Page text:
Piti Distayat and Claudio Bori, Bank for International Settlements (2009)
Nor do banks need reserves in order to make loans. As Alan Holmes, who was senior Vice President of the Federal Reserve Bank of New York at the time remarked:
In the real world, banks extend credit, creating deposits in the process , and look for the reserves later.
Alan Holmes, then Senior Vice President, Federal Reserve Bank of New York (1969)
The vice president of the ECB had something similar to say:
It is argued by some that financial institutions would be free to instantly transform their loans from the central bank into credit to the non-financial sector. This fits into the old theoretical view about the credit multiplier according to which the sequence of money creation goes from the primary liquidity created by central banks to total money supply created by banks via their credit decisions. In reality the sequence works more in the opposite direction with banks taking first their credit decisions and then looking for the necessary funding and reserves of central bank money.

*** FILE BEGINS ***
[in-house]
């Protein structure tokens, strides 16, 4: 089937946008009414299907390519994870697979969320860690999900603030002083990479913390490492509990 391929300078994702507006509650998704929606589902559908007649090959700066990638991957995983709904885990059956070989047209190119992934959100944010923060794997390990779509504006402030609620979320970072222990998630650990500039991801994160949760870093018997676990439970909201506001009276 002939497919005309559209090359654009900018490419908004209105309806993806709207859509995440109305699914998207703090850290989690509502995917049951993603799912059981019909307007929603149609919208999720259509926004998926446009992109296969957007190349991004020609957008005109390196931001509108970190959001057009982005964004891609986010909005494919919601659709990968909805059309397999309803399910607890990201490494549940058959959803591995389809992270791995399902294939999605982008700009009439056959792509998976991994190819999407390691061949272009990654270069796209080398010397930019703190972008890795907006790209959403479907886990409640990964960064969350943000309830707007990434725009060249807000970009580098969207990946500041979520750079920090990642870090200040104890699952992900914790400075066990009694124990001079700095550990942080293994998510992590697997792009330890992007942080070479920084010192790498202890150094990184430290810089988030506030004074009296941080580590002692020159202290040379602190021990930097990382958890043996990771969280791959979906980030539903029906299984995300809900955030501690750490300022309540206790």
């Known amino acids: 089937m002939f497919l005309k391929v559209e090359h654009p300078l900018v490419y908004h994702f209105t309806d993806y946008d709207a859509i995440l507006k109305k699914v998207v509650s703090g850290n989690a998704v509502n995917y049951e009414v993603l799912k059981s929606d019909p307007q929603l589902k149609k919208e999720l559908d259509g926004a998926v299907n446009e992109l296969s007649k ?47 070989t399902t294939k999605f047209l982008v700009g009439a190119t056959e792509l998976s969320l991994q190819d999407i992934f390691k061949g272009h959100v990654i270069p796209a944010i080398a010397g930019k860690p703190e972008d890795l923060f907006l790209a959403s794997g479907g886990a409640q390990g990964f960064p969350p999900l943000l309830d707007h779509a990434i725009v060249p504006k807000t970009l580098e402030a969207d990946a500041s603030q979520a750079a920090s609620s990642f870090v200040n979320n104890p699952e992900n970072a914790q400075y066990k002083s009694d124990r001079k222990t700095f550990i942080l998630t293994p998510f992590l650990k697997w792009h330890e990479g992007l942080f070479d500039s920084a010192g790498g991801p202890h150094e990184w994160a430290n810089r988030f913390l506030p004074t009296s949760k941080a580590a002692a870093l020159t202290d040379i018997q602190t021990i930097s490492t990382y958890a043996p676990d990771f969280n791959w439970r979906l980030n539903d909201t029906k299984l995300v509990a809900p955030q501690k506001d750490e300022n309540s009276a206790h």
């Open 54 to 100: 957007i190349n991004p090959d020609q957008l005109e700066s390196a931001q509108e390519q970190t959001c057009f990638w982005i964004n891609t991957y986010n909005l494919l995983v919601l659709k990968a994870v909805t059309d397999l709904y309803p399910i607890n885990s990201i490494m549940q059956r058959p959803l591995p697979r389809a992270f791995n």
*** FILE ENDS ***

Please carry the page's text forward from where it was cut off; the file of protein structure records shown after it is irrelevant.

Vitor Constancio, vice president of the ECB (2011)
Of course, this is just two men’s opinion, albeit men who should know what they are talking about. Thankfully empirical work has been carried out on this subject by Nobel prize winners Finn Kydland and Ed Prescott of the Federal Reserve bank of Minneapolis, who find that:
There is no evidence that either the monetary base or M1 leads the [credit] cycle, although some economists still believe this monetary myth. Both the monetary base and M1 series are generally procyclical and, if anything, the monetary base lags the [credit] cycle slightly.